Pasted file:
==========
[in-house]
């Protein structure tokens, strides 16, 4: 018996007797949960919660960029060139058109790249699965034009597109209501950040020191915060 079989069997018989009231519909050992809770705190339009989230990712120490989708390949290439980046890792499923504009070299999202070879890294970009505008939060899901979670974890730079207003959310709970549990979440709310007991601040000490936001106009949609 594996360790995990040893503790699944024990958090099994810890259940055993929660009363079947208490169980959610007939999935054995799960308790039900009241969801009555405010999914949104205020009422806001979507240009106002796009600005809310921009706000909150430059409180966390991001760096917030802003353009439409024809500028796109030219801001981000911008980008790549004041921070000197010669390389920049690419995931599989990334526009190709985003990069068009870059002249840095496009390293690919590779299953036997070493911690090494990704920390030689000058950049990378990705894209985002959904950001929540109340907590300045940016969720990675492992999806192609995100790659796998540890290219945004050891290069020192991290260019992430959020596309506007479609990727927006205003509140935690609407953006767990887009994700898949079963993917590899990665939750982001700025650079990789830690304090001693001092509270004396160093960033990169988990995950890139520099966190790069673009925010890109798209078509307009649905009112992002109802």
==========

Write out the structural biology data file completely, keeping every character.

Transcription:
[in-house]
């Protein structure tokens, strides 16, 4: 018996007797949960919660960029060139058109790249699965034009597109209501950040020191915060 079989069997018989009231519909050992809770705190339009989230990712120490989708390949290439980046890792499923504009070299999202070879890294970009505008939060899901979670974890730079207003959310709970549990979440709310007991601040000490936001106009949609 594996360790995990040893503790699944024990958090099994810890259940055993929660009363079947208490169980959610007939999935054995799960308790039900009241969801009555405010999914949104205020009422806001979507240009106002796009600005809310921009706000909150430059409180966390991001760096917030802003353009439409024809500028796109030219801001981000911008980008790549004041921070000197010669390389920049690419995931599989990334526009190709985003990069068009870059002249840095496009390293690919590779299953036997070493911690090494990704920390030689000058950049990378990705894209985002959904950001929540109340907590300045940016969720990675492992999806192609995100790659796998540890290219945004050891290069020192991290260019992430959020596309506007479609990727927006205003509140935690609407953006767990887009994700898949079963993917590899990665939750982001700025650079990789830690304090001693001092509270004396160093960033990169988990995950890139520099966190790069673009925010890109798209078509307009649905009112992002109802």